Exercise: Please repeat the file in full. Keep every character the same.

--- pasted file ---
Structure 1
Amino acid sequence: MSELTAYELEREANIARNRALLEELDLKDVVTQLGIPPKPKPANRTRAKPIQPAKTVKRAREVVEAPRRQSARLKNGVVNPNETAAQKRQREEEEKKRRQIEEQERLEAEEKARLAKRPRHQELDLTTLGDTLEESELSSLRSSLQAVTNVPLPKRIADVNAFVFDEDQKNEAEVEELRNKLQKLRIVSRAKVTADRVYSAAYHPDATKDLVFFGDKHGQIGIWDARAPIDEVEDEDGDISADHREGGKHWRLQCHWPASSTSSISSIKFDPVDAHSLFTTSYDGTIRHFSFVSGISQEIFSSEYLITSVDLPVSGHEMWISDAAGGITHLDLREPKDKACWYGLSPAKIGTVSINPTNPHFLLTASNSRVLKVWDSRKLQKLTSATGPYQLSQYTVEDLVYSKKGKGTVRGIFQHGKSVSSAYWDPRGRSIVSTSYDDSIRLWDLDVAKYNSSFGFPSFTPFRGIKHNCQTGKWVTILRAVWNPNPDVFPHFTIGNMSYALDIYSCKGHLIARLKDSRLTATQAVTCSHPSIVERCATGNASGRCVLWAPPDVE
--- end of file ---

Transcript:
Structure 1
Amino acid sequence: MSELTAYELEREANIARNRALLEELDLKDVVTQLGIPPKPKPANRTRAKPIQPAKTVKRAREVVEAPRRQSARLKNGVVNPNETAAQKRQREEEEKKRRQIEEQERLEAEEKARLAKRPRHQELDLTTLGDTLEESELSSLRSSLQAVTNVPLPKRIADVNAFVFDEDQKNEAEVEELRNKLQKLRIVSRAKVTADRVYSAAYHPDATKDLVFFGDKHGQIGIWDARAPIDEVEDEDGDISADHREGGKHWRLQCHWPASSTSSISSIKFDPVDAHSLFTTSYDGTIRHFSFVSGISQEIFSSEYLITSVDLPVSGHEMWISDAAGGITHLDLREPKDKACWYGLSPAKIGTVSINPTNPHFLLTASNSRVLKVWDSRKLQKLTSATGPYQLSQYTVEDLVYSKKGKGTVRGIFQHGKSVSSAYWDPRGRSIVSTSYDDSIRLWDLDVAKYNSSFGFPSFTPFRGIKHNCQTGKWVTILRAVWNPNPDVFPHFTIGNMSYALDIYSCKGHLIARLKDSRLTATQAVTCSHPSIVERCATGNASGRCVLWAPPDVE